Hey everyone! I'm Grant, an LA based writer/artist and long time friend of GSS. Welcome to the start of a new blog series for the website that will be published in addition to the Love Letter every week. Get Some Sleep is so important to me, and I'm excited to share the brand's past, present, and future evolution with all of you here. We'll be going through the daily minutia and interesting projects that happen every day in the operation of the brand.
A unique sort of project has graced us in the past few weeks, taking shape in a series of photoshoots for GQ magazine. For Daniel, I know this is a testament to how far the brand has come. I view it too as a tremendous accomplishment and further step of industry legitimacy for GSS. The brand is going to be featured in 3 issues of British GQ, the first of which was released in October. We’ve already completed the first two shoots, with plans of the third in the works. Despite the importance of this project, I think something that meshes well with all of our work styles is a solid lack of planning.
That’s maybe something to be proud of, maybe not- but for each shoot we’ve had exactly a day to do it, and are coming up with the ideas on the fly. Our photographer and friend Marlon is a core component of these shoots. I personally know almost nothing about photography, so watching him meter shots and run around cameras in tow is a special kind of fantastic. During this latest shoot, I threw on an orange celestial and paraded around the warehouse parking lot until we filled a roll of film. It was damn hot outside and we tried our best to scrap together a wide variety of options to go with for the final photo. Here's Jossue grabbing everyone waters:
While Dylan drove off to rush develop the film, we hit another round of digital photos in order to have some backups. I’ve never modeled anything ‘professional’ in my life. Everything has always been for friends who inevitably run their own brands. I have no idea what the best pose is or where I’m supposed to hold my hands- hell I’m not even sure if I do that great of a job. I think its extremely fun to just try though. That’s all running a brand or being part of this independent design community has ever been at its core- just having fun and trying things to see what works.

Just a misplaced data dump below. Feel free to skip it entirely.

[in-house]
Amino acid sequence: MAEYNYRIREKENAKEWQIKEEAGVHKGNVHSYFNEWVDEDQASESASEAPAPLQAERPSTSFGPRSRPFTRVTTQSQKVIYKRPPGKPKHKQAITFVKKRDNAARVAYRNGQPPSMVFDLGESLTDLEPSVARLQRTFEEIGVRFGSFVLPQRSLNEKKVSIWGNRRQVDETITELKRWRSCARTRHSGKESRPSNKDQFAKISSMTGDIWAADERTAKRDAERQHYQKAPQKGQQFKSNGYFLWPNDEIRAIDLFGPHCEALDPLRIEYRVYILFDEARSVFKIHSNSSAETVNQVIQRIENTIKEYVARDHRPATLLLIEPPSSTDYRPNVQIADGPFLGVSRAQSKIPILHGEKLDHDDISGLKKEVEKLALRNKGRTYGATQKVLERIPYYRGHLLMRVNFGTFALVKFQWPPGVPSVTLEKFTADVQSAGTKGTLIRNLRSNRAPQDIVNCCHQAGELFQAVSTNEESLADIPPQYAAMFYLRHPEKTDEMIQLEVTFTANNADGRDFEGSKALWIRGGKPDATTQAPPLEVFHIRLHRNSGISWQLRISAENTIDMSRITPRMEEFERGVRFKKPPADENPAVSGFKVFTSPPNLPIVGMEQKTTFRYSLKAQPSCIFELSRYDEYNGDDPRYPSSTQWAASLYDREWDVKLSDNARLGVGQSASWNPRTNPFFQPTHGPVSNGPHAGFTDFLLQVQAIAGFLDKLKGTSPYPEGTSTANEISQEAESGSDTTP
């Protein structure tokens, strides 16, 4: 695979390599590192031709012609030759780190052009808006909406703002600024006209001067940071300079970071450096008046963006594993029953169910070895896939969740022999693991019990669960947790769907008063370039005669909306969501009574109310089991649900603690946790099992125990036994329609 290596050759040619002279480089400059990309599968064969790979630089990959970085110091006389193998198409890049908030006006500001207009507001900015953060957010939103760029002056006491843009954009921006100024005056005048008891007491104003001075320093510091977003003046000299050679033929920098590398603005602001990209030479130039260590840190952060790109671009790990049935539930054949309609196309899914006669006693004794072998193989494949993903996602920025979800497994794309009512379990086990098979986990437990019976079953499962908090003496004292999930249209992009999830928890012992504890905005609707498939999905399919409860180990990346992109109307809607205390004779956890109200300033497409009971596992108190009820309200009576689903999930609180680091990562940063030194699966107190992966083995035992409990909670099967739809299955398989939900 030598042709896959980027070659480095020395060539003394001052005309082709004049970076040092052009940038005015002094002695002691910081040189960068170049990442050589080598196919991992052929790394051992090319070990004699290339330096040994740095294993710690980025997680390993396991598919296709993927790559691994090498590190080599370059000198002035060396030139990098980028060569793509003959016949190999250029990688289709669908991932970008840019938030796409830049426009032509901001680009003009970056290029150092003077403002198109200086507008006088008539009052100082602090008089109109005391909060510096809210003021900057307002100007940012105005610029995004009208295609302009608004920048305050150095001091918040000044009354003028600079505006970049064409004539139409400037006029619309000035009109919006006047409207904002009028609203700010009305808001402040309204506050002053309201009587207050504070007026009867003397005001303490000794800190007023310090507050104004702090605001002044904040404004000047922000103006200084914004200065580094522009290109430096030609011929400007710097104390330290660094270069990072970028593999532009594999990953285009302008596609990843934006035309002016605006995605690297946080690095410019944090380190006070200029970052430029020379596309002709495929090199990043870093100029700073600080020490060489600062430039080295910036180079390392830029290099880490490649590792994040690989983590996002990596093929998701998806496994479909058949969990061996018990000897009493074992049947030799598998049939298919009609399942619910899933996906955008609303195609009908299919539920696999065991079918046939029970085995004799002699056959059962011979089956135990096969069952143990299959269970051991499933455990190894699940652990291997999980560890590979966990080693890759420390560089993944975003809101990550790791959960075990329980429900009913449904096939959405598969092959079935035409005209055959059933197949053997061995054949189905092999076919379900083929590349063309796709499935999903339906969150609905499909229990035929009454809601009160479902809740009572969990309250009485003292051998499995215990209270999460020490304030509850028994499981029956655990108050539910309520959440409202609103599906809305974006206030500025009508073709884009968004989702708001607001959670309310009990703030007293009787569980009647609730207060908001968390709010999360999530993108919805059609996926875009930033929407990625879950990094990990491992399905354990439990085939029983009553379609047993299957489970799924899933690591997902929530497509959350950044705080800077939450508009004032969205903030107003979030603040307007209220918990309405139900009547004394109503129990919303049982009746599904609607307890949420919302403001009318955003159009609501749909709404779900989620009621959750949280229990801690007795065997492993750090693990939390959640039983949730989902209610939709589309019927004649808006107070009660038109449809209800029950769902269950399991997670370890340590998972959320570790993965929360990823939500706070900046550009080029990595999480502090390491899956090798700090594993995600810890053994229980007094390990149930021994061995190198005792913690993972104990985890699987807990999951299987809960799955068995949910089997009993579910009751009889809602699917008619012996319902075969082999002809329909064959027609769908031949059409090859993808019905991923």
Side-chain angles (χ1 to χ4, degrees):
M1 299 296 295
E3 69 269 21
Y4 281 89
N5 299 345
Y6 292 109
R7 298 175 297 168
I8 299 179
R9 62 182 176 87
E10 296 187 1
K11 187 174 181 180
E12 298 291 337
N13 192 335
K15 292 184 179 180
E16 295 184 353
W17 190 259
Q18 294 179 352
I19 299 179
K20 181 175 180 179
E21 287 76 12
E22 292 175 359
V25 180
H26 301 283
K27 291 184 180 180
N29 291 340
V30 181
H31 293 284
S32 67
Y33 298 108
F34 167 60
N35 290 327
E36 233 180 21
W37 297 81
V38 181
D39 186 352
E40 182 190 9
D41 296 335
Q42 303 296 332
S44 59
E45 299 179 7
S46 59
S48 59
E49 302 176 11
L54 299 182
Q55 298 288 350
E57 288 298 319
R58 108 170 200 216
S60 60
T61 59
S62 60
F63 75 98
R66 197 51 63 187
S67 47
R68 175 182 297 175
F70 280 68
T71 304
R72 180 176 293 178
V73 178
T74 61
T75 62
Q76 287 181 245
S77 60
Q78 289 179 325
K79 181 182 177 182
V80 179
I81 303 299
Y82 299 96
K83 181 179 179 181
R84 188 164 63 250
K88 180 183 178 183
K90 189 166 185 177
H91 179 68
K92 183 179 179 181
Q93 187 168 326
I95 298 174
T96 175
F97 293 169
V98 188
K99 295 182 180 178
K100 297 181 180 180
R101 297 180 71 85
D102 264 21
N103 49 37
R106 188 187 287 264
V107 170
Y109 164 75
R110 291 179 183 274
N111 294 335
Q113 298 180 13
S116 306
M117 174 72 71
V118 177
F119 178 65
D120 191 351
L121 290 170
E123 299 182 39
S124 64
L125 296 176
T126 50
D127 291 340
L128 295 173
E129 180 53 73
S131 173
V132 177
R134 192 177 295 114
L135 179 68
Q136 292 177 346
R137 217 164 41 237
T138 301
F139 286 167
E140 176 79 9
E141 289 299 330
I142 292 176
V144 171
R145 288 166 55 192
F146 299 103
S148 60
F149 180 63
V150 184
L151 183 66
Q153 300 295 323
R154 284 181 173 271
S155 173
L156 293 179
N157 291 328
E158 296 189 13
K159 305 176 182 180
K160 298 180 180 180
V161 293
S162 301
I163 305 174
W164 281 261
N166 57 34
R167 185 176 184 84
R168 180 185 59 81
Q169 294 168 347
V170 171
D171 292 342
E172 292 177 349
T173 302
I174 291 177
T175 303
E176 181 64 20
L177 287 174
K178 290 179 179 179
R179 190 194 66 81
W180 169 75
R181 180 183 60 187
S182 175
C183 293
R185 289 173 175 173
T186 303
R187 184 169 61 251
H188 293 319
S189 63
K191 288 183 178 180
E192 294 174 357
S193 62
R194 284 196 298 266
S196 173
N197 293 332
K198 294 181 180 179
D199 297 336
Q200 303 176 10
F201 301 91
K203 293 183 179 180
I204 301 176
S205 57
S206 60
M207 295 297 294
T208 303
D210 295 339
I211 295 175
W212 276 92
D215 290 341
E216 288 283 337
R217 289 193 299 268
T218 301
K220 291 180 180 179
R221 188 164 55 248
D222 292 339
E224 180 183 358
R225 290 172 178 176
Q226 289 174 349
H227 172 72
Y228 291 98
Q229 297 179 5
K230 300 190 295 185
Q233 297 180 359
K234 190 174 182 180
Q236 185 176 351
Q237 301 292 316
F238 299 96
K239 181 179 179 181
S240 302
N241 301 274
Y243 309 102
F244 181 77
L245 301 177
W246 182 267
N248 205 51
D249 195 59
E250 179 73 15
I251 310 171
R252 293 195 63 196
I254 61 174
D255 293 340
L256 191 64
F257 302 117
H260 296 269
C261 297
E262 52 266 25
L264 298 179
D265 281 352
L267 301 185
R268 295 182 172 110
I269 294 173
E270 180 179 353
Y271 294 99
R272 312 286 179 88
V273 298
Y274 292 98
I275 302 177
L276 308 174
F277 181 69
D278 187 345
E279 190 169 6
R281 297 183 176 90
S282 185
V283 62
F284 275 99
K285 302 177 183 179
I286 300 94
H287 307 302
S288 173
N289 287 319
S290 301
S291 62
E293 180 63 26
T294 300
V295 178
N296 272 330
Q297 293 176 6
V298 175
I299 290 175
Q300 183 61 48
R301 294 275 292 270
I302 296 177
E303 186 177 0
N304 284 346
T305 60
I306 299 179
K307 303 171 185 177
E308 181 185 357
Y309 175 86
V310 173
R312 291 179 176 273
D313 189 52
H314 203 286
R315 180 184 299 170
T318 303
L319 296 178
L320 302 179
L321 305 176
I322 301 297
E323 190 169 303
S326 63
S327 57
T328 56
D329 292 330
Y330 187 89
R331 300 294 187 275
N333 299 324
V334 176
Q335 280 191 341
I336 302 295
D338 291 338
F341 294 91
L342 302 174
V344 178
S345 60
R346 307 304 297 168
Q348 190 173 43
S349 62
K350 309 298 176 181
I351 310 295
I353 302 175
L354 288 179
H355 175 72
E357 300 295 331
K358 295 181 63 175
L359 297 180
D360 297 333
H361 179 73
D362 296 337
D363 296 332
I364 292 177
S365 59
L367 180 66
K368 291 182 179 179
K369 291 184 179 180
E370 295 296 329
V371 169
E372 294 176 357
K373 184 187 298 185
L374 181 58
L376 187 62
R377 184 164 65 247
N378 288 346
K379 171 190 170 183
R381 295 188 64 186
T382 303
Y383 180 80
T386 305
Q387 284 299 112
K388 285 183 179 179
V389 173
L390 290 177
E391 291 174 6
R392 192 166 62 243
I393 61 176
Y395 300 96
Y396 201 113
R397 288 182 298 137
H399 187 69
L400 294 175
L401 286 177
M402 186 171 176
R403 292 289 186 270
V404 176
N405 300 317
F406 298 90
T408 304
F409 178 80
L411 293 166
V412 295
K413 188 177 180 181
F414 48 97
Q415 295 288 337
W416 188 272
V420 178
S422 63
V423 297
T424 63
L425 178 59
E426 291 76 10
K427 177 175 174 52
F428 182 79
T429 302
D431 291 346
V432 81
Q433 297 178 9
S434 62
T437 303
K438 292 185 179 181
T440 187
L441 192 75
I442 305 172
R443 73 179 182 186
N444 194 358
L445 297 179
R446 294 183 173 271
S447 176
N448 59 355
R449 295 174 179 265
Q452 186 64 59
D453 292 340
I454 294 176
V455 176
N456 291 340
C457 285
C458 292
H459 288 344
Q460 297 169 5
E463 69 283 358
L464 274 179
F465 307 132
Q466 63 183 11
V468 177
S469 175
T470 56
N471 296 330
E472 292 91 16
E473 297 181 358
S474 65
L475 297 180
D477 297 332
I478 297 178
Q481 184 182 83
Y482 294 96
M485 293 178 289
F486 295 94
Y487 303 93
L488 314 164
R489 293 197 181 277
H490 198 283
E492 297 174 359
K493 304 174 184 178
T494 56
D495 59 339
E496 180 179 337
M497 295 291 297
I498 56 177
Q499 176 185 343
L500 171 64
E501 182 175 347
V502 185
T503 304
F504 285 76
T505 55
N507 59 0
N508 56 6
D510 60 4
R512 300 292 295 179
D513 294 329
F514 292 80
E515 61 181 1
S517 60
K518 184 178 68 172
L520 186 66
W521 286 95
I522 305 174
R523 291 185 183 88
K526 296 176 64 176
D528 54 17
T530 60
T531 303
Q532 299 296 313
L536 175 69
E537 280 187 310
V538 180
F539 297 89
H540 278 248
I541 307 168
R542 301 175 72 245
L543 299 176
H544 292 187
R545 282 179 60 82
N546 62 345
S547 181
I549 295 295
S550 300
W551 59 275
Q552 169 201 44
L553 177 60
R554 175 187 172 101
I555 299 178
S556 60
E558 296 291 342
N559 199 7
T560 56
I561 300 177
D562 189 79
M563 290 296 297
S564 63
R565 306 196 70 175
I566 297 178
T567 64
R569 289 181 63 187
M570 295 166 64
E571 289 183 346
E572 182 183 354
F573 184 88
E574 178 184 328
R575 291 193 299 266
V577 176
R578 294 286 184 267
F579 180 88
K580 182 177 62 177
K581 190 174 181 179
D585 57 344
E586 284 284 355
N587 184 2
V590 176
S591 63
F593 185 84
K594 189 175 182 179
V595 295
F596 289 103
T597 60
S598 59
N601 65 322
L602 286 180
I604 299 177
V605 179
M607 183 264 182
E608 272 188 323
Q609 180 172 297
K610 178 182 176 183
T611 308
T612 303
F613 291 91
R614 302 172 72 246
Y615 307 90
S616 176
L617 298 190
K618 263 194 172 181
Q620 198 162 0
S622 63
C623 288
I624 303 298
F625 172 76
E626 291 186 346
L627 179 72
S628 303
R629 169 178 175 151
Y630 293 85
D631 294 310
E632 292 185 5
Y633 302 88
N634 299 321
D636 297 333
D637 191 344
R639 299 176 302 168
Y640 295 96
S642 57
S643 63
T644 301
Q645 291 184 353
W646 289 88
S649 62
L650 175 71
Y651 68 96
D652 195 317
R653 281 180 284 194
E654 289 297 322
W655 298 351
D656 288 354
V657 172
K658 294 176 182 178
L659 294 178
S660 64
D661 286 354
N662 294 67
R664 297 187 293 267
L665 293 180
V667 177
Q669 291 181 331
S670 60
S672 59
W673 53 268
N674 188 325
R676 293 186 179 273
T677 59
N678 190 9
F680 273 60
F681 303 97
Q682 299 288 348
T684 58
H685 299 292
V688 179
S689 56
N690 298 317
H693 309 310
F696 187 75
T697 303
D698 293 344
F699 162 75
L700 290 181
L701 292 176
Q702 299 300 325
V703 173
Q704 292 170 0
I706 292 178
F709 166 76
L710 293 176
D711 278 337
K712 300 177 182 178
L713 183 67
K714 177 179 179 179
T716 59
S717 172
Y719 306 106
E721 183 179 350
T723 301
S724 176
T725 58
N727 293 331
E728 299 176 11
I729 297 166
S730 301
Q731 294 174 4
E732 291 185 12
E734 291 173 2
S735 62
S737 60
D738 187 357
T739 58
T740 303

When I started my first brand 5 years ago I didn’t have any sort of plan or major goal in mind, I just wanted to make some shirts. I think all of us (the community of small brands defined loosely) hold this ethos still to a large degree when pushing ourselves forward artistically or on any major project. It remains of paramount importance to keep trying weird little ideas and having fun. Maybe Daniel agrees with me, maybe not, but having friends model for a major shoot is kind of the essence of what it meant to start a brand 5 years ago. You make the shirt or the hoodie, ask your friend to come over and model it, and throw up the pictures online and see what happens. This method is tried and true, and there’s no reason I see it failing anytime soon.
I want to provide a little insight and closer communication with each member of the GSS family overtime. Today I’m going to start with a quick interview with Marlon, the photographer of this shoot. Marlon is a close friend and amazing artist. As someone who knows very little about photography, I’d describe his style as dreamy and warm- a perfect fit for these shoots. What follows is a short interview with Marlon:
How did you get introduced to GSS and how long have you been following the brand?